Editor’s Comment: In case you are suffering from acronym overload (CPET, PEM, CDC, IOM, CFSAC, HHS) this excellent blog post written by Mary Schweitzer, a veteran ME/CFSer and patient advocate, puts it all into perspective. The post originally appeared on her blog Slightly Alive on September 16. 2013. Reprinted with permission.
Why CDC must use two-day CPET testing – and specialists must define the disease, not bureaucrats
By Mary Schweitzer
So Dr. Elizabeth Unger and the CDC have decided against a two-day exercise test in their supposedly all-encompassing, supposedly cooperative, upcoming CFS study.
Why am I not surprised?
When normal people go walking or bicycling or jogging, it is called “aerobic exercise” because while their body is exercising, it’s using normal amounts of oxygen from air with carbon dioxide being expelled through their lungs. If you do aerobic exercise regularly, it is good for you. You get stronger and can go longer times or distances. For a normal person, aerobic metabolism can be measured with heart rate: (220 – your age) times 60% for the lower bound, (220 – your age) times 80% for the upper bound.
If your heart rate exceeds the upper bound, you’re no longer operating in aerobic metabolism – your body will shift into what is called anaerobic exercise.
Weightlifting is an example of anaerobic exercise – you go past the point where the muscles can get enough oxygen from the lungs, and they start breaking down muscle to get it. That’s okay – the muscle rebuilds stronger. But if you have to give the muscles a two-day rest, so in training, you either alternate working on upper body one day and lower body the next, or do weightlifting every other day.
If you push harder than that – even as an athlete – if you go too far with the supposedly aerobic exercise that your body switches into anaerobic, or do anaerobic exercises (like weightlifting) too frequently, the body starts living in anaerobic metabolism, and that is bad, because breaking down too many proteins this way poisons the body. If you don’t have the good sense to stop, your body does – eventually it will MAKE you rest.
A gung-ho young athlete who is improperly trained can screw himself up with too much anaerobic exercise, and then his/her body will just refuse to keep going – for up to 3 weeks. That is called “over-training syndrome.”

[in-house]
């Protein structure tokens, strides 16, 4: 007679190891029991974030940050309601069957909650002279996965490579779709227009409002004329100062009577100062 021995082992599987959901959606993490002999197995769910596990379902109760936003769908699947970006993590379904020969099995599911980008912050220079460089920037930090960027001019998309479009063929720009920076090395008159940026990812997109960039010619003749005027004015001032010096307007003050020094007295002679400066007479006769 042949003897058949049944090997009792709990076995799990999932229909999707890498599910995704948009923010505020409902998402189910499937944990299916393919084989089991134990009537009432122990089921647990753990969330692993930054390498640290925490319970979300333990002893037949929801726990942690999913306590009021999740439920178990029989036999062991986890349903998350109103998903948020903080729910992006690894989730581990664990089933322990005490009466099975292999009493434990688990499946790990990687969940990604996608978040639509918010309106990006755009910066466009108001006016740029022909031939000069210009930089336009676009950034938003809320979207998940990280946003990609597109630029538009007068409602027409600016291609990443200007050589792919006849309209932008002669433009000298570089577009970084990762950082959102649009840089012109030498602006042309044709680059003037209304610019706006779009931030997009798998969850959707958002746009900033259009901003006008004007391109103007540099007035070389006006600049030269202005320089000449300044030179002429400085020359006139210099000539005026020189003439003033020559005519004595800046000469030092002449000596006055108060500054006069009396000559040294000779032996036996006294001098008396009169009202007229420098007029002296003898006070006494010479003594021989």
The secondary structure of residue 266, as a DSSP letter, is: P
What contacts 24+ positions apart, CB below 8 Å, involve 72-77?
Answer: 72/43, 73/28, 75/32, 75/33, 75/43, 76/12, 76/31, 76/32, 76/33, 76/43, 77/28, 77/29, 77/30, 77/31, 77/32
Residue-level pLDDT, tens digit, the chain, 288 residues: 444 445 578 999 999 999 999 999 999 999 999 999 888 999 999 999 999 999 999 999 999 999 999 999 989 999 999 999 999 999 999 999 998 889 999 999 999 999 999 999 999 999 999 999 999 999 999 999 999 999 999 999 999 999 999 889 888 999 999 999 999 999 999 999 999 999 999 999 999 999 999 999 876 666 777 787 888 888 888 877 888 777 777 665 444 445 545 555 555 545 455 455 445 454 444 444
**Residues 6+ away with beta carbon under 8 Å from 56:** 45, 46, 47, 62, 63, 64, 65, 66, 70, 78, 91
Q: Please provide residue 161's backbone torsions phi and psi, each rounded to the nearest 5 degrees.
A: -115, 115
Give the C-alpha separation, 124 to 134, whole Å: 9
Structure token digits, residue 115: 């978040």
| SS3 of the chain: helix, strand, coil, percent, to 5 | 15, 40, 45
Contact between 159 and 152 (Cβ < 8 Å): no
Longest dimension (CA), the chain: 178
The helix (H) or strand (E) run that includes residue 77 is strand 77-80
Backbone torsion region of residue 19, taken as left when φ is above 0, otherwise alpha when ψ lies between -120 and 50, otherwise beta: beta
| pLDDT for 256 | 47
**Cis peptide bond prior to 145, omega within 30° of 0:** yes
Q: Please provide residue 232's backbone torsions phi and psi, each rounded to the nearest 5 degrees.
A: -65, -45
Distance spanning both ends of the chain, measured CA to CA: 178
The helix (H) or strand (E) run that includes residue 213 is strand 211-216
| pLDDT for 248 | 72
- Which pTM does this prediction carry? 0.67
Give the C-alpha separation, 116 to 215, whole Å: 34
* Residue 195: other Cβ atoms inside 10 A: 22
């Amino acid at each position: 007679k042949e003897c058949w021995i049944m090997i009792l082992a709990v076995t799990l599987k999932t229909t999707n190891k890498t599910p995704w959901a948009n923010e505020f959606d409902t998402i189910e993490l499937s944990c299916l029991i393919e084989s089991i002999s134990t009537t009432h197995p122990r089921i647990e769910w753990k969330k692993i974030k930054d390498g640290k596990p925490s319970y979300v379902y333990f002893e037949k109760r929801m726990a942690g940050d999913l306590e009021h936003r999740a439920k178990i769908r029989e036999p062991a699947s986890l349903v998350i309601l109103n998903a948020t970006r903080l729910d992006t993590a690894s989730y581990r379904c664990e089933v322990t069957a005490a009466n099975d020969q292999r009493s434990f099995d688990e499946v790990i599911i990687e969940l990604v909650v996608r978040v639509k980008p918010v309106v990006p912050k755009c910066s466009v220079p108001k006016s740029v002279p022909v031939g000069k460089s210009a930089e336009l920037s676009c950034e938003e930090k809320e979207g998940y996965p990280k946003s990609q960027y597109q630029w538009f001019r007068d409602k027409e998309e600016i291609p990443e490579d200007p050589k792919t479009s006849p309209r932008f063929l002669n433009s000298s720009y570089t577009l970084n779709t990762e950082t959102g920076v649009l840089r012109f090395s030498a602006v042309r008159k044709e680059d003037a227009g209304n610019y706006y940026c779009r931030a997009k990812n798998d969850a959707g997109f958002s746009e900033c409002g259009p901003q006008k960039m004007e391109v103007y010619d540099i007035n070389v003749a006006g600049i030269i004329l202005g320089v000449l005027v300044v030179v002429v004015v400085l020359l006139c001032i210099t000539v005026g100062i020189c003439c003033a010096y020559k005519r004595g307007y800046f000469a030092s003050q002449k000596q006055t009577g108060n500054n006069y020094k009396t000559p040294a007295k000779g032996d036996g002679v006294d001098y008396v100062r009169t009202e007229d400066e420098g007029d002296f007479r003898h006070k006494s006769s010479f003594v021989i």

Professional and collegiate trainers keep close tabs on their athletes because of this.
For some reason our bodies shift into anaerobic metabolism (generally anything that sends our heart rates over 100) too soon. In my case, just walking does it when I’m sick. So you could say that our bodies are responding to “normal” activities as if we were athletes pushing too hard, that is, to a certain degree we are perpetually in the midst of “overtraining syndrome.”
They use the VO2 MAX test (or CPET – Cardio-Pulmonary Exercise Testing) to measure this.
People with a bad heart have the same problem, and again they turn to the VO2 MAX stress test to measure it.
A recent set of studies* have found that those of us who are REALLY sick score badly on just one day of exercise – which then makes you wonder about the over-prevalence of heart attacks among us. So a score in the danger range (that would be me off Ampligen) should be taken seriously.
Most patients in this study are not going to score THAT low – they will score low-normal. The problem is, so do couch potatoes.
The amazing thing Staci Stevens and Chris Snell found was that high-functioning patients may score the same as deconditioned controls (the afore-mentioned couch potatoes) in one day of exercise – but on the SECOND day, the controls’ scores don’t change, whereas the patients’ scores plummet IN HALF.
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Which makes sense if you have a good understanding of this disease. But is really quite an astonishing finding for outsiders.
AND it is the best argument we have with which to make the case that graded exercise programs can hurt patients. Can make them worse. In some cases, can leave them paralyzed (something no one in government wants to talk about).